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Listening to Young, Inner-City African-American Males (From America's Disconnected Youth: Toward a Preventive Strategy, P 133-150, 1999, Douglas J. Besharov, ed. -- See NCJ-180790)

NCJ Number
Kathryn Taaffe McLearn; Shawn V. LaFrance
Date Published
18 pages
Information from personal interviews of 360 low-income males ages 17-22 in predominantly black neighborhoods of Atlanta, Chicago, Los Angeles, and New York between October 1993 and March 1993 formed the basis of an analysis of young black males' perceptions of what helps them succeed in school.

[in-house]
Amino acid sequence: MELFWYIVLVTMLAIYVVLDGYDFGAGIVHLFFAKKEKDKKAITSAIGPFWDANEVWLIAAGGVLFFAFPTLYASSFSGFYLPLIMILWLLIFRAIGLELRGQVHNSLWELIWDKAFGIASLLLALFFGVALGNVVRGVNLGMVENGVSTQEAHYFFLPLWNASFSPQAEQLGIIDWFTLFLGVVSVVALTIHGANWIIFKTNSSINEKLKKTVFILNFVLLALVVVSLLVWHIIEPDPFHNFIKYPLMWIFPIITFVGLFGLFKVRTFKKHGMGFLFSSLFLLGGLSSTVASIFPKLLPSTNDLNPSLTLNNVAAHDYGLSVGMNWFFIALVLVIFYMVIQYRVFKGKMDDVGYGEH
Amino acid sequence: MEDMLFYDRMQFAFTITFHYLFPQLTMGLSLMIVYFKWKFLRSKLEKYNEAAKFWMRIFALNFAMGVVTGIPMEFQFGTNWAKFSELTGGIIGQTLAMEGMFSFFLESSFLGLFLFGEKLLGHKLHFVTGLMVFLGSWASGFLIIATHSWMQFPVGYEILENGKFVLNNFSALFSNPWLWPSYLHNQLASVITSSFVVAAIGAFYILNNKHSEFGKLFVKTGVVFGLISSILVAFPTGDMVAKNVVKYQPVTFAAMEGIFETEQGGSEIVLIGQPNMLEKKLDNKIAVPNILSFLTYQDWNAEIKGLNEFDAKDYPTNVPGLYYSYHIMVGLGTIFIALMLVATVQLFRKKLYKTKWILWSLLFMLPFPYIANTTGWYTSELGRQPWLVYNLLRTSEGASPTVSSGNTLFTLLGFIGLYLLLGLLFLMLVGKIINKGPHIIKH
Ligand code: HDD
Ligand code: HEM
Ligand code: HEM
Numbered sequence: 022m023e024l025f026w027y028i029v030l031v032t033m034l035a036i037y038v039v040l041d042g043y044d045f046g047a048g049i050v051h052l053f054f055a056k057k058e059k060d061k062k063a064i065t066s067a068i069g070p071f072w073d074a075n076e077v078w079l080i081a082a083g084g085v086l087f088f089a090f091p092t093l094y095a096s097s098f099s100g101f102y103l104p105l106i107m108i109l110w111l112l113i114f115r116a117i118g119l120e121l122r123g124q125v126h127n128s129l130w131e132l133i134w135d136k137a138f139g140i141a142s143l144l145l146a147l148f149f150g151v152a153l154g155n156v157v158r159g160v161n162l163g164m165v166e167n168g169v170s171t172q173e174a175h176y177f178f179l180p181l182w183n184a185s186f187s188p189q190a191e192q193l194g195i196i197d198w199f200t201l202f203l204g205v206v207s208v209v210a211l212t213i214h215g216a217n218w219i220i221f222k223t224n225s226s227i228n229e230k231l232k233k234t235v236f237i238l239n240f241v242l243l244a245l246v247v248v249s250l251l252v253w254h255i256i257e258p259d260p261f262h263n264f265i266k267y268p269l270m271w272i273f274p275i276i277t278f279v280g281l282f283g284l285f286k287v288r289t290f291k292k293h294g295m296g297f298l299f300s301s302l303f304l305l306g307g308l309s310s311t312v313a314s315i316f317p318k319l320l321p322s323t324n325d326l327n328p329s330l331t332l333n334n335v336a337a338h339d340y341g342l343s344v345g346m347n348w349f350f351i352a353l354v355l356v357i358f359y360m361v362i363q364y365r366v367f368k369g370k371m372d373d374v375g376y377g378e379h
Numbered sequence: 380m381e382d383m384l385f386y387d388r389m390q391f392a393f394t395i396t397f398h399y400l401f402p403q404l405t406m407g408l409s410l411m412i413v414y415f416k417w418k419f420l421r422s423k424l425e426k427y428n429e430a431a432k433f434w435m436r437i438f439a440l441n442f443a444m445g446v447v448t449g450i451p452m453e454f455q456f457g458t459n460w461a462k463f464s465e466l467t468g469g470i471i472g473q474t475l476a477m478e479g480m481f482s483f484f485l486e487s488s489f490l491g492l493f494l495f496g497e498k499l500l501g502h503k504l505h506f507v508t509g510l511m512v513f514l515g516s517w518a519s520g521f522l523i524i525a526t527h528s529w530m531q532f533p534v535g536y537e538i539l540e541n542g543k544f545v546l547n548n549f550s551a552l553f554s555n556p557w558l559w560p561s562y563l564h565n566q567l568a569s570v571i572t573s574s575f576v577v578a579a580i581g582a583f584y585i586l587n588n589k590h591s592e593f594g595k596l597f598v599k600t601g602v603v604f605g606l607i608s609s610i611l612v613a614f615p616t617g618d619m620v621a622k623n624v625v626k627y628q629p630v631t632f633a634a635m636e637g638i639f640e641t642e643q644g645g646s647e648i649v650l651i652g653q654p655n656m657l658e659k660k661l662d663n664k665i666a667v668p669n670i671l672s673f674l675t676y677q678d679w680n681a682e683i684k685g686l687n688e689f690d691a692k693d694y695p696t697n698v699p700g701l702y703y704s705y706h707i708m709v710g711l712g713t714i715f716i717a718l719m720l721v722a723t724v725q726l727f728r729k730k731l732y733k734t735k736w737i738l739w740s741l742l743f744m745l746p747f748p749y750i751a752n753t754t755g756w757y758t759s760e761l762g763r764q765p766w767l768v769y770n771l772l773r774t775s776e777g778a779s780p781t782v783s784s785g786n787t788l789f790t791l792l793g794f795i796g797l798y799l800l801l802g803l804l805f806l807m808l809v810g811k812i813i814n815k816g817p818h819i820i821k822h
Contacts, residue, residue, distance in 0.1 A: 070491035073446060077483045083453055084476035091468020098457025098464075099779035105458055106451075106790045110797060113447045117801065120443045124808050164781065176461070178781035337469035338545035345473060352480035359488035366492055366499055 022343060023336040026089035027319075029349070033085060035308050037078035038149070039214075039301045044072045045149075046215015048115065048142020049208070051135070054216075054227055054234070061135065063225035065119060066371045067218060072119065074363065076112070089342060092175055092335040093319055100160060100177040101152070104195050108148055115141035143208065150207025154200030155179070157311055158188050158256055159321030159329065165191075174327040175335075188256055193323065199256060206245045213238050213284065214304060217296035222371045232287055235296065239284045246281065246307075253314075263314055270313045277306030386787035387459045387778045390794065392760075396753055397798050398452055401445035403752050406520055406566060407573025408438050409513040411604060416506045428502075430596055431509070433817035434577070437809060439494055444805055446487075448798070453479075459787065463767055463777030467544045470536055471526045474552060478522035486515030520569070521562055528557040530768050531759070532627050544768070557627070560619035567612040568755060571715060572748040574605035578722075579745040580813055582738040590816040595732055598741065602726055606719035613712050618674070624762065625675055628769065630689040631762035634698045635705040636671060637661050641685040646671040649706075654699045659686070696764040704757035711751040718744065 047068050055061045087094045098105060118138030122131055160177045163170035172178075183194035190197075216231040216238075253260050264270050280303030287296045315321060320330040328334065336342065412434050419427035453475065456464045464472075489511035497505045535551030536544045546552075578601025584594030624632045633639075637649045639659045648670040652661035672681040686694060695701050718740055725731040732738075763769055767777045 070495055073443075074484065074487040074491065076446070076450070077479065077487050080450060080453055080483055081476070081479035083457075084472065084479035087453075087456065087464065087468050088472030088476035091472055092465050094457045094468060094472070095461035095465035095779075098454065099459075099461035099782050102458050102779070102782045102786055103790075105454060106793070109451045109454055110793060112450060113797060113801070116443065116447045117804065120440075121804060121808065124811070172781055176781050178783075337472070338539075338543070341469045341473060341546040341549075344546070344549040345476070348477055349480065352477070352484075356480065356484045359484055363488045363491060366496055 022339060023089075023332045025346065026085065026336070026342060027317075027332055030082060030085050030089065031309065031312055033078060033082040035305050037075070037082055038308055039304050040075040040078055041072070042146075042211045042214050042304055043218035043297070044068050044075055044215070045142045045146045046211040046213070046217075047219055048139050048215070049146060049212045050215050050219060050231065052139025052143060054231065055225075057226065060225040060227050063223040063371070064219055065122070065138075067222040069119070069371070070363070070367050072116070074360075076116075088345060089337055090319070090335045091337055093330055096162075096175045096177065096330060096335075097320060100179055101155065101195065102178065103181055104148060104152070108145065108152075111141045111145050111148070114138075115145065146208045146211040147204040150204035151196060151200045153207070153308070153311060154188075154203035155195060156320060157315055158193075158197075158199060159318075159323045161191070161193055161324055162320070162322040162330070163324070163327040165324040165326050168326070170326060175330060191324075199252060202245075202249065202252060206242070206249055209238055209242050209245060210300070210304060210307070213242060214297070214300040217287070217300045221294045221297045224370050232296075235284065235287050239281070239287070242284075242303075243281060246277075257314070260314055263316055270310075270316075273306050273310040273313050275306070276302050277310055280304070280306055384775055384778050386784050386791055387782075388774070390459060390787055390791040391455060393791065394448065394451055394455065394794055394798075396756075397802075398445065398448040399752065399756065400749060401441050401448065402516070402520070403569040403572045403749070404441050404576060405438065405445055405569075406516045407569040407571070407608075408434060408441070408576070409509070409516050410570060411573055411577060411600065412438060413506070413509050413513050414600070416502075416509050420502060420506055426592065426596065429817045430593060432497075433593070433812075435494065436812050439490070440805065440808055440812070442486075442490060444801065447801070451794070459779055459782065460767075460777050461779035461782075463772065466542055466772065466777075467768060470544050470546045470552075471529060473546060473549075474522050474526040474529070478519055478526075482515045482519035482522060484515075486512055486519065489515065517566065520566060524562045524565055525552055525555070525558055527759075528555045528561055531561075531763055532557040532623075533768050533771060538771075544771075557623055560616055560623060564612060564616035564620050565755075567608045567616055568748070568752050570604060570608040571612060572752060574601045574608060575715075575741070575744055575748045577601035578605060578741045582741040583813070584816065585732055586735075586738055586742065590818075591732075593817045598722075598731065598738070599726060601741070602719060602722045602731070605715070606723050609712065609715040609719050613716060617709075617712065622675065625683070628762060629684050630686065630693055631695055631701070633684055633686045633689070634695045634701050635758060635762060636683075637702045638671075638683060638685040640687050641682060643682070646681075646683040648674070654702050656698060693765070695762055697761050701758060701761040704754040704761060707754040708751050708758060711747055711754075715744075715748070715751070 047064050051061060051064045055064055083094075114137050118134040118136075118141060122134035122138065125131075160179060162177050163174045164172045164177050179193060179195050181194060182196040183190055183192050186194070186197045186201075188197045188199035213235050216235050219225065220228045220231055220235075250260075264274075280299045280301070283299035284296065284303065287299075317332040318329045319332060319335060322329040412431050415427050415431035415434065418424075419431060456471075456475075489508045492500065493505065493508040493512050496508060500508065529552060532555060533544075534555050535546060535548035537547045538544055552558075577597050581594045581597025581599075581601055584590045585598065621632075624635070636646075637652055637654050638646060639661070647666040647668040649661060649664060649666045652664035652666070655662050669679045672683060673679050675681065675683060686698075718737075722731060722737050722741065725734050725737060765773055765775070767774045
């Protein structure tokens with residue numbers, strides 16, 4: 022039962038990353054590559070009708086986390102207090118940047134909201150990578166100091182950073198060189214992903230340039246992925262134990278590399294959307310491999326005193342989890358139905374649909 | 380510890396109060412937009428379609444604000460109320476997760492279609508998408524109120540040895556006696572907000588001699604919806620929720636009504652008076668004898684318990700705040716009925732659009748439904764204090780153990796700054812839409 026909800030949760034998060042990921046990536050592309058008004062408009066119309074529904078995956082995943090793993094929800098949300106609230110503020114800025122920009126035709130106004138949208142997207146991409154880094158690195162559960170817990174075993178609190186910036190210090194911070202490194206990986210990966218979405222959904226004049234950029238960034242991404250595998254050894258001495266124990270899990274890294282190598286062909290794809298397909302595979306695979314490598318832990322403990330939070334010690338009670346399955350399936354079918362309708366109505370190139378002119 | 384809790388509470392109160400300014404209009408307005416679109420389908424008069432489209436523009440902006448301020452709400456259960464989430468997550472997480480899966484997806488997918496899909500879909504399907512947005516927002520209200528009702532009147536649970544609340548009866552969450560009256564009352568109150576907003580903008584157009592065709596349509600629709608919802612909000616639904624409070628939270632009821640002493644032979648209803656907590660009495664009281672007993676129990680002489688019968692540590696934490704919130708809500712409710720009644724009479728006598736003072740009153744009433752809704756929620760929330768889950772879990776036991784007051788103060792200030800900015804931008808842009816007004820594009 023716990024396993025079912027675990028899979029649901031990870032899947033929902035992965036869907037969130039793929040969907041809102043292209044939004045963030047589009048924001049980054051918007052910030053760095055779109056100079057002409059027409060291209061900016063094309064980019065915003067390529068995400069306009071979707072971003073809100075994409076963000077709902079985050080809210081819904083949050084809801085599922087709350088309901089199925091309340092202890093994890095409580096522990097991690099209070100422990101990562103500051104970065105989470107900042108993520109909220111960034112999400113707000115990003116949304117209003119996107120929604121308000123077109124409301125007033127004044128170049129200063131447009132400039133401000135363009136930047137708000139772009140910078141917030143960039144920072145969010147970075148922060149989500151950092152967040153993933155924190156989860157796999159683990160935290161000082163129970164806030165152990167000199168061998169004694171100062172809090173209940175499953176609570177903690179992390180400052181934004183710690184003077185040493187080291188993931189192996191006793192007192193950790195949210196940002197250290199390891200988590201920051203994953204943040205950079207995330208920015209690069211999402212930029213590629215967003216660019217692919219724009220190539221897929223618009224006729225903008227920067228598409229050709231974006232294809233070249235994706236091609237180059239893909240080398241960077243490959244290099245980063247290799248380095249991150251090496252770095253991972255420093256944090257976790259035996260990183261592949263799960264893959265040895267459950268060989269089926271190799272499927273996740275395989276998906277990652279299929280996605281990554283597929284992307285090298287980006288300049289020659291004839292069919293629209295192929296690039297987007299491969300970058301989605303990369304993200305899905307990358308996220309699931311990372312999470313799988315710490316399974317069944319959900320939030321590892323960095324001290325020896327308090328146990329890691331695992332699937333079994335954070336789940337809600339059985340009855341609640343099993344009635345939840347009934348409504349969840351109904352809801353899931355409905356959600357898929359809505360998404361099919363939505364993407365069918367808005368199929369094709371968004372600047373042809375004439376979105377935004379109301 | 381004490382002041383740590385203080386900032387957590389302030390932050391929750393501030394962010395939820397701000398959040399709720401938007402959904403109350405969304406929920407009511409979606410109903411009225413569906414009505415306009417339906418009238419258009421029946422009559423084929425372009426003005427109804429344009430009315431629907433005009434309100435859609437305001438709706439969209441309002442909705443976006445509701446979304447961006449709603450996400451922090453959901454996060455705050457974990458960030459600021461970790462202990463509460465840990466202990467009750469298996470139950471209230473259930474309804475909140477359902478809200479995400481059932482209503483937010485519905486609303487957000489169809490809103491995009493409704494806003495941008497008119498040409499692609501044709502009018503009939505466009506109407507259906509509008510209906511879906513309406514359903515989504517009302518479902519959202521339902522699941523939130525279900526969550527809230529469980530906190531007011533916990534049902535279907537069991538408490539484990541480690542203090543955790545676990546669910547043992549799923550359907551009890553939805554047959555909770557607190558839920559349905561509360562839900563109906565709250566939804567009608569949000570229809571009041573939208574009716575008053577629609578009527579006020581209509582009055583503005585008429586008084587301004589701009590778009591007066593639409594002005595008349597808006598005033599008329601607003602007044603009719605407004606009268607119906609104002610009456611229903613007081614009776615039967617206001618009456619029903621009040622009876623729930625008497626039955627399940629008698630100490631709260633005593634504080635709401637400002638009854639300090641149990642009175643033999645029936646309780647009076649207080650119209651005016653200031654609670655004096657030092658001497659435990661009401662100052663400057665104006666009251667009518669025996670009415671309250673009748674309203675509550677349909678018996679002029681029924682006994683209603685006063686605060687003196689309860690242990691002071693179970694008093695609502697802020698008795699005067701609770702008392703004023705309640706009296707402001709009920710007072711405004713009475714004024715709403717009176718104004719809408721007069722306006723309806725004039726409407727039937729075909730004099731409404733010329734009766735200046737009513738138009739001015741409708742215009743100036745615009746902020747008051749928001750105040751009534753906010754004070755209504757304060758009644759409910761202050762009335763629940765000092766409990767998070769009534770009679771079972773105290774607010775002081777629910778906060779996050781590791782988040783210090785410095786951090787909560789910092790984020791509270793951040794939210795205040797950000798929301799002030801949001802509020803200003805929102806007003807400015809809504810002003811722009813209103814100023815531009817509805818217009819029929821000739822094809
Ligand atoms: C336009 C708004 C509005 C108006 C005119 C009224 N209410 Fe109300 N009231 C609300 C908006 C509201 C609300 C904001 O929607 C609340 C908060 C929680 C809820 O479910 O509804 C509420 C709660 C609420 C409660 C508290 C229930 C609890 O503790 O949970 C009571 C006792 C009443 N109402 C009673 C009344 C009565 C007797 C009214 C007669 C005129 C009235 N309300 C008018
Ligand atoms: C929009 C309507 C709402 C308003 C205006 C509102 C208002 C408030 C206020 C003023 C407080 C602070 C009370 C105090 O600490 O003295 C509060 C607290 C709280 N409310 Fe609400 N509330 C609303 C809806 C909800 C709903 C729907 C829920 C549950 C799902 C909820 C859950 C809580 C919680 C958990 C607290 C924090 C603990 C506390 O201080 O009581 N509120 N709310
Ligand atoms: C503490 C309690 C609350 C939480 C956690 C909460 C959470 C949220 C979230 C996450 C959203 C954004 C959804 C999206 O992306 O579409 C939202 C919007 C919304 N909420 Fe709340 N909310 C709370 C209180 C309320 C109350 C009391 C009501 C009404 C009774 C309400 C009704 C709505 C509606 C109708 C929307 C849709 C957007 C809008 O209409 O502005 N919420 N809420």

Half of the youths had dropped out of school; the others were either attending high school, had graduated, had a GED, or were in college. The youths who did not drop out reported that parental and teacher support were the most important factors that helped them stay in school. The successful students said that their parents were more likely to supervise homework and visit teachers. These students were also more likely to report that they had a quiet, safe place to study after school. In addition, they were more likely than dropouts to have grown up with two parents in the home and were less likely to have moved frequently as a child or to report that a parent had a mental health or drug abuse problem. Moreover, the males who succeeded in school were more likely than those who dropped out to rate their teachers as competent; to have participated in a community, school, or church program; and to have had access to a counselor or mentors. They were also more likely to have had a job while in school. Findings indicated the importance of mentors. Findings also suggested that staying in or finishing high school can serve as a protective factor against engaging in risk-taking behaviors. Findings also indicated the importance of program and policy initiatives that keeps these youths in school and includes opportunities to form positive relationships with parents and other adults. Figures, table, note, and 18 references